A few years ago I headed a post with a photo by David Liittschwager, showing all the life teeming in a tiny scoop of sea water. I was reminded of the shot during some time spent recently with the object above, which is a bryozoan colony. I looked at it initially because Tom Davis, a biologist who was showing me around part of the Fly Point dive site in Nelson Bay, picked it out to me. On its stems were tiny sea slugs, each no more than a couple of millimeters long. (Tom has evidently had microscopes implanted in his eyes.) I took some photos.
Bryozoans are animals I’ve not written about before. They are from the “bilaterian” part of the tree of animal life – their bodies have left-right symmetry, as we do. (They are “lophotrochozoans,” not far from molluscs and annelid worms.) But bryozoans turned away from the evolutionary paths usually associated with animals of that kind, and began to live more like plants. It’s tempting to say they went back to living like plants, but plants themselves, of the familiar kind, are not especially old organisms and are not in any bryozoan’s history. Lots of living things have discovered, in evolution, a tree-like branching shape, including corals and various seaweeds. But bryozoans are quite a long way away, evolutionarily speaking, from other organisms with that sort of design, and they made the plant-like turn in a very concerted manner; many of them look just like underwater bushes or mosses. Almost all live in colonies – above, you’re looking at a very large number of these animals, not at one.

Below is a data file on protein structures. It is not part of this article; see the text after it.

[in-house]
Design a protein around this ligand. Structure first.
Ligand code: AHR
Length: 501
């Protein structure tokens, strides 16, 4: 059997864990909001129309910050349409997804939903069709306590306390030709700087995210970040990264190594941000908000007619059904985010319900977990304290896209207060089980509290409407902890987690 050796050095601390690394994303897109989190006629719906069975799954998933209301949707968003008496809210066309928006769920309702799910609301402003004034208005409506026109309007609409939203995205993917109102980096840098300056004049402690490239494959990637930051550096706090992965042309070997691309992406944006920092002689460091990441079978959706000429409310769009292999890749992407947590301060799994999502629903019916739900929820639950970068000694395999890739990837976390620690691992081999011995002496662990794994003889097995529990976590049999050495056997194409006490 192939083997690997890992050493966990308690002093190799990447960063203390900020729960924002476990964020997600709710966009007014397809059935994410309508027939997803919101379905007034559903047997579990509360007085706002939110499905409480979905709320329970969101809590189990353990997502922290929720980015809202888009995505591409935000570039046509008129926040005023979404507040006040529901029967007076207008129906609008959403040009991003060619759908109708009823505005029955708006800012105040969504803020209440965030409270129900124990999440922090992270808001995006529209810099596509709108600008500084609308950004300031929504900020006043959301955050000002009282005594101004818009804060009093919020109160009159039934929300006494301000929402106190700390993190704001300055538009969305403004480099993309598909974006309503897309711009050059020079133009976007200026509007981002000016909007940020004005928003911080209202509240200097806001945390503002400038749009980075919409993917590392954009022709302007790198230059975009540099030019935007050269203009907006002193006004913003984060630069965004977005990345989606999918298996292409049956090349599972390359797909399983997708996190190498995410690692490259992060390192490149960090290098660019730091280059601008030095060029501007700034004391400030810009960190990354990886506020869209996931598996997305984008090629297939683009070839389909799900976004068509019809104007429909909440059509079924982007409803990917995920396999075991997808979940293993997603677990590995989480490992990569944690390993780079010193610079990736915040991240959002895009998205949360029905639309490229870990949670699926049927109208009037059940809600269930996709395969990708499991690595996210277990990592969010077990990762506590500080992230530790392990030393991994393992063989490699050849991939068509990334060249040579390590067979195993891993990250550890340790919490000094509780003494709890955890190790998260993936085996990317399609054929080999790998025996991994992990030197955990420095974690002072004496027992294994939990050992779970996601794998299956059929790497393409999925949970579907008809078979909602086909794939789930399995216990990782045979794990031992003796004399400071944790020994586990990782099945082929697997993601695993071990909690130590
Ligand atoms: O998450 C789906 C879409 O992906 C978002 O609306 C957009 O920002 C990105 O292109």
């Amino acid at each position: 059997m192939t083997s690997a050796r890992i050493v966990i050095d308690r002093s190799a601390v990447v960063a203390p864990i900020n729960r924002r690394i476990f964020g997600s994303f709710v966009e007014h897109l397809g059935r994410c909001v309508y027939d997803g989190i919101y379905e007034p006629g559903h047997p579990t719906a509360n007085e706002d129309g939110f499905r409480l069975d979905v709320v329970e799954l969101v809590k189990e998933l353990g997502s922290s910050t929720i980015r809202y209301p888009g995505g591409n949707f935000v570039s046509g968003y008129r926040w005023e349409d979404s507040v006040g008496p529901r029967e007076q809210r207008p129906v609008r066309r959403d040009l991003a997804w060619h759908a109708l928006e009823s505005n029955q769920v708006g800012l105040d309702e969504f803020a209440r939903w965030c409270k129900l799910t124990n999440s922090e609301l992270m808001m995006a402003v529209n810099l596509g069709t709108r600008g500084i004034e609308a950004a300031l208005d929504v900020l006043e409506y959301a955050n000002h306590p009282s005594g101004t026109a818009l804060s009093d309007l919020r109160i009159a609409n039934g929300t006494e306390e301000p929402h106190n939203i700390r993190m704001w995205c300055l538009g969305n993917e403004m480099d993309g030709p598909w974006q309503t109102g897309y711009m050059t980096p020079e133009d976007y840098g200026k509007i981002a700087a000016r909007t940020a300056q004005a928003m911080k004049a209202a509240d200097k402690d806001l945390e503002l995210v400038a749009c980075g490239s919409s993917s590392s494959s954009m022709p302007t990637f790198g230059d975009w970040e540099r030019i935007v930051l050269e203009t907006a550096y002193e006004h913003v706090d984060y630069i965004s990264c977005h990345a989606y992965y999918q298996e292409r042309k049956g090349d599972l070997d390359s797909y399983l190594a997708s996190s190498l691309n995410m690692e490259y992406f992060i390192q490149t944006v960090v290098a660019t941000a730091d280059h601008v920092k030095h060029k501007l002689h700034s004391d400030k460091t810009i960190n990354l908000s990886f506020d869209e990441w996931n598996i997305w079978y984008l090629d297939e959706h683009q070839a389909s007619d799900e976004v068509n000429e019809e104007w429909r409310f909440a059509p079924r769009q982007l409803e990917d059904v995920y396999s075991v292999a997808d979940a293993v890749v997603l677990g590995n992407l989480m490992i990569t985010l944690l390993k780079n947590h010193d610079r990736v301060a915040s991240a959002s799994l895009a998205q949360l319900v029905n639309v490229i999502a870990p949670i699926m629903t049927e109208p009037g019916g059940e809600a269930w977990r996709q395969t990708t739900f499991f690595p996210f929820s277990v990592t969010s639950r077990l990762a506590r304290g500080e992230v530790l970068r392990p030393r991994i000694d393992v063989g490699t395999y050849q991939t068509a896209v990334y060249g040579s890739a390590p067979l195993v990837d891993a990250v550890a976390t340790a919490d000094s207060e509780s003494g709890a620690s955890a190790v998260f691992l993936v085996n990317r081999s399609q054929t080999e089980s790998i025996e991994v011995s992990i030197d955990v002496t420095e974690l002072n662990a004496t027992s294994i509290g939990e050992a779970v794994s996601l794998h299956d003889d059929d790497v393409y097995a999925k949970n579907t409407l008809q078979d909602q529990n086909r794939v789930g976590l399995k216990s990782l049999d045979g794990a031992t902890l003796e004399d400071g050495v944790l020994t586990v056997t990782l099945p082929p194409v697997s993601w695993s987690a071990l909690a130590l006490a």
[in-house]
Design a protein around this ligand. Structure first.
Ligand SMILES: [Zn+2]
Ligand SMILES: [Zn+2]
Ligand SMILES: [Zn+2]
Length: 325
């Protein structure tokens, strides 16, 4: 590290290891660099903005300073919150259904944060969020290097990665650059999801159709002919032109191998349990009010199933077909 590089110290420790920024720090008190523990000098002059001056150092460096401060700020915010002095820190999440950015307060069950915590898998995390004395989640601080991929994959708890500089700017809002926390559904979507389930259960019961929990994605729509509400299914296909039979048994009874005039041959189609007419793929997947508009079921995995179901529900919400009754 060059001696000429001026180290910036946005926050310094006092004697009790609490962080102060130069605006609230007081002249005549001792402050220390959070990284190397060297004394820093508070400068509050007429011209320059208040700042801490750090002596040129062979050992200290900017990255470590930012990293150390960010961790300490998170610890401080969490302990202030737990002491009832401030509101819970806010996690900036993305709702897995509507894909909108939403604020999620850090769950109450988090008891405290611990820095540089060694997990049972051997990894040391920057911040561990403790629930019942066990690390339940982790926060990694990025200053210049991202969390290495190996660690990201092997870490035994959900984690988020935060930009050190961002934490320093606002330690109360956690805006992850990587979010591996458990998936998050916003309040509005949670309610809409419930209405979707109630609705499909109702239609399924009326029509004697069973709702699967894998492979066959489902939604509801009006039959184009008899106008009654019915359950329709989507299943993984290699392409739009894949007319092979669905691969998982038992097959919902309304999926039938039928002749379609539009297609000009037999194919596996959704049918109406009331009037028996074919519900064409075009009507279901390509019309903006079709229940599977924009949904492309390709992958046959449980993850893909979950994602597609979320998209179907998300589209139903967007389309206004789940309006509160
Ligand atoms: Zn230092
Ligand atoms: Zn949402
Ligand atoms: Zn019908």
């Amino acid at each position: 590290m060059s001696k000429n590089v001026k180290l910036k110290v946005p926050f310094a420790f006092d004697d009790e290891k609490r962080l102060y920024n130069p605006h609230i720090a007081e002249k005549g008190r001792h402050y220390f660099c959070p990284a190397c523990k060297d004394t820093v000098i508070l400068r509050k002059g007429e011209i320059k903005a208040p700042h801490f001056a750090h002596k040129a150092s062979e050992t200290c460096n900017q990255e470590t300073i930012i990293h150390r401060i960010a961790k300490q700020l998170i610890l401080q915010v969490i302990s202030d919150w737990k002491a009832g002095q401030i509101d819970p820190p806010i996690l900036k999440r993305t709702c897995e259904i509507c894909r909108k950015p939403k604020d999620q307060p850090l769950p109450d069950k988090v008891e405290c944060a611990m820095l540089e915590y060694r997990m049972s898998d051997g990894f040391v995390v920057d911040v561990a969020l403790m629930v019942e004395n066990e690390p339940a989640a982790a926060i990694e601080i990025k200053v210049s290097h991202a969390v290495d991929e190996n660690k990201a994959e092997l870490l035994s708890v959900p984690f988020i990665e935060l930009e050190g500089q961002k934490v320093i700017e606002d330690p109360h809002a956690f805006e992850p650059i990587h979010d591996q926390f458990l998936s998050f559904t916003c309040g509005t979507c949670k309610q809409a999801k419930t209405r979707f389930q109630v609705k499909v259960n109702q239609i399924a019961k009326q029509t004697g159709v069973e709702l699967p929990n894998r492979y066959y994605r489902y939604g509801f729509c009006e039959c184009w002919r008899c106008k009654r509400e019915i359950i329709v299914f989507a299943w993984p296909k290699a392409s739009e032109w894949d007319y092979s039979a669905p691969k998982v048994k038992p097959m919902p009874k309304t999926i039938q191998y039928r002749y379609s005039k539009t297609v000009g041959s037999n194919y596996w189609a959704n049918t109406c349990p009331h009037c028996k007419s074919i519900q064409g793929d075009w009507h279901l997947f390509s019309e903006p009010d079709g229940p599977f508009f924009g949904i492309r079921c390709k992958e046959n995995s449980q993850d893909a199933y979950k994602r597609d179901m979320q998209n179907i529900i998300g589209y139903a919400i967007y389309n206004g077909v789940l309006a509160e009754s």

Later, on the computer, I located the tiny nudibranchs. Here is one. It is Okenia harastii, named after Dave Harasti, another Nelson Bay biologist and diver.
(You can’t find this Okenia in the shot at the top; that is just a shot of the Jackson-Pollock-like bryozoic mass.)
I looked through the branches of the bryozoan, reflecting on how bush-like it was. Then I saw a tiny stripe of of red. I zoomed in further, and realized the stripe was on a talon-like claw. The claw was attached to what initially looked like another stem of the bush, but that “stem” was attached to another one with a conspicuous hinge. I was not looking at more of the bryozoan colony, but at an arthropod called a skeleton shrimp.
That is not a very good photo, but I had no idea the animal was there.
Soon we found another of these, and a third:*
Skeleton shrimp are not really shrimp, but a kind of amphipod, with two sets of those talon-like claws. Flipping through the photos showed that they are in constant motion.
Below is a zoomed-out shot that shows the location of three we found. The larger one (third photo above) is at the lower right and the smaller one (photo just above) is near the center. (A higher-res version of the photo below is here.) I am going to go back to the site and (somehow) get a skeleton shrimp portrait.
* My wife found two of these, as she worked out that flipping through the photos revealed them, given that they were the only things that moved across flips.
This is a good site about the bryozoan, which is probably Zoobotryon verticillatum.
David Liittschwager also did the photos for Olivia Judson’s octopus feature in National Geographic a little while back. There are a lot of good wildlife photographers, but I think Liittschwager’s work is special. Thanks again to him for permission to use his seawater photo on my site.
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